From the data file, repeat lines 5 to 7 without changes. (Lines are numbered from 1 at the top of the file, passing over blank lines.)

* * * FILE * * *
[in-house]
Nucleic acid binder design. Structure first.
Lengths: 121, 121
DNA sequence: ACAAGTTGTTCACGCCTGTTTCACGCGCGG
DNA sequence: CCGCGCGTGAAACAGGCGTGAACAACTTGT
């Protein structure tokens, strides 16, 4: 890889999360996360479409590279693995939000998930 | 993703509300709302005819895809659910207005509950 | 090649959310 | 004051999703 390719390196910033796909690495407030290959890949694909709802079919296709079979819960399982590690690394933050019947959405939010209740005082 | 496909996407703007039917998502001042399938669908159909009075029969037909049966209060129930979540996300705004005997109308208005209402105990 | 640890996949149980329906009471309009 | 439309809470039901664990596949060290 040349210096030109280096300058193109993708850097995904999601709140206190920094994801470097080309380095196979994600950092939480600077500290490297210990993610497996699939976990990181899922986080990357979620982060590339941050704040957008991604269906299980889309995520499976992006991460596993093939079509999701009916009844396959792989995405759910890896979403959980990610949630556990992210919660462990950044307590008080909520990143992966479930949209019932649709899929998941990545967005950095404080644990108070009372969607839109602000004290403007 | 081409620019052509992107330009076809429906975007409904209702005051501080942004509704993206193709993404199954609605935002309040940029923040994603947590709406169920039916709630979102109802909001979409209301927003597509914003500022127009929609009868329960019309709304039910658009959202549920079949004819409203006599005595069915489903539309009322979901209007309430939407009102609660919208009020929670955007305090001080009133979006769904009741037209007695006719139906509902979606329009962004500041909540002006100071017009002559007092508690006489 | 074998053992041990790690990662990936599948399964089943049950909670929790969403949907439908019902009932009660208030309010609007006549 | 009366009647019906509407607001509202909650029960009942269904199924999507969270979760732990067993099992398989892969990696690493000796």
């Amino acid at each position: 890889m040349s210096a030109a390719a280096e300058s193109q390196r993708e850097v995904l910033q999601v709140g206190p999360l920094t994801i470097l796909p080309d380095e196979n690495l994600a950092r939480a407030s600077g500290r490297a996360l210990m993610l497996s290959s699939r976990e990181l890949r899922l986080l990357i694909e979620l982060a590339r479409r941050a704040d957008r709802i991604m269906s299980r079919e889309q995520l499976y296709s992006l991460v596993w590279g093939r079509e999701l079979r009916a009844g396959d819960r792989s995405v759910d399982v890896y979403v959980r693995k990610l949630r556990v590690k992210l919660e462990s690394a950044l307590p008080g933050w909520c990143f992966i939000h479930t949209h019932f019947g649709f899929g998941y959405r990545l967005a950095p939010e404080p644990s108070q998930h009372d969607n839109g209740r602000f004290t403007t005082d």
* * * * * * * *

DNA sequence: CCGCGCGTGAAACAGGCGTGAACAACTTGT
């Protein structure tokens, strides 16, 4: 890889999360996360479409590279693995939000998930 | 993703509300709302005819895809659910207005509950 | 090649959310 | 004051999703 390719390196910033796909690495407030290959890949694909709802079919296709079979819960399982590690690394933050019947959405939010209740005082 | 496909996407703007039917998502001042399938669908159909009075029969037909049966209060129930979540996300705004005997109308208005209402105990 | 640890996949149980329906009471309009 | 439309809470039901664990596949060290 040349210096030109280096300058193109993708850097995904999601709140206190920094994801470097080309380095196979994600950092939480600077500290490297210990993610497996699939976990990181899922986080990357979620982060590339941050704040957008991604269906299980889309995520499976992006991460596993093939079509999701009916009844396959792989995405759910890896979403959980990610949630556990992210919660462990950044307590008080909520990143992966479930949209019932649709899929998941990545967005950095404080644990108070009372969607839109602000004290403007 | 081409620019052509992107330009076809429906975007409904209702005051501080942004509704993206193709993404199954609605935002309040940029923040994603947590709406169920039916709630979102109802909001979409209301927003597509914003500022127009929609009868329960019309709304039910658009959202549920079949004819409203006599005595069915489903539309009322979901209007309430939407009102609660919208009020929670955007305090001080009133979006769904009741037209007695006719139906509902979606329009962004500041909540002006100071017009002559007092508690006489 | 074998053992041990790690990662990936599948399964089943049950909670929790969403949907439908019902009932009660208030309010609007006549 | 009366009647019906509407607001509202909650029960009942269904199924999507969270979760732990067993099992398989892969990696690493000796």
């Amino acid at each position: 890889m040349s210096a030109a390719a280096e300058s193109q390196r993708e850097v995904l910033q999601v709140g206190p999360l920094t994801i470097l796909p080309d380095e196979n690495l994600a950092r939480a407030s600077g500290r490297a996360l210990m993610l497996s290959s699939r976990e990181l890949r899922l986080l990357i694909e979620l982060a590339r479409r941050a704040d957008r709802i991604m269906s299980r079919e889309q995520l499976y296709s992006l991460v596993w590279g093939r079509e999701l079979r009916a009844g396959d819960r792989s995405v759910d399982v890896y979403v959980r693995k990610l949630r556990v590690k992210l919660e462990s690394a950044l307590p008080g933050w909520c990143f992966i939000h479930t949209h019932f019947g649709f899929g998941y959405r990545l967005a950095p939010e404080p644990s108070q998930h009372d969607n839109g209740r602000f004290t403007t005082d």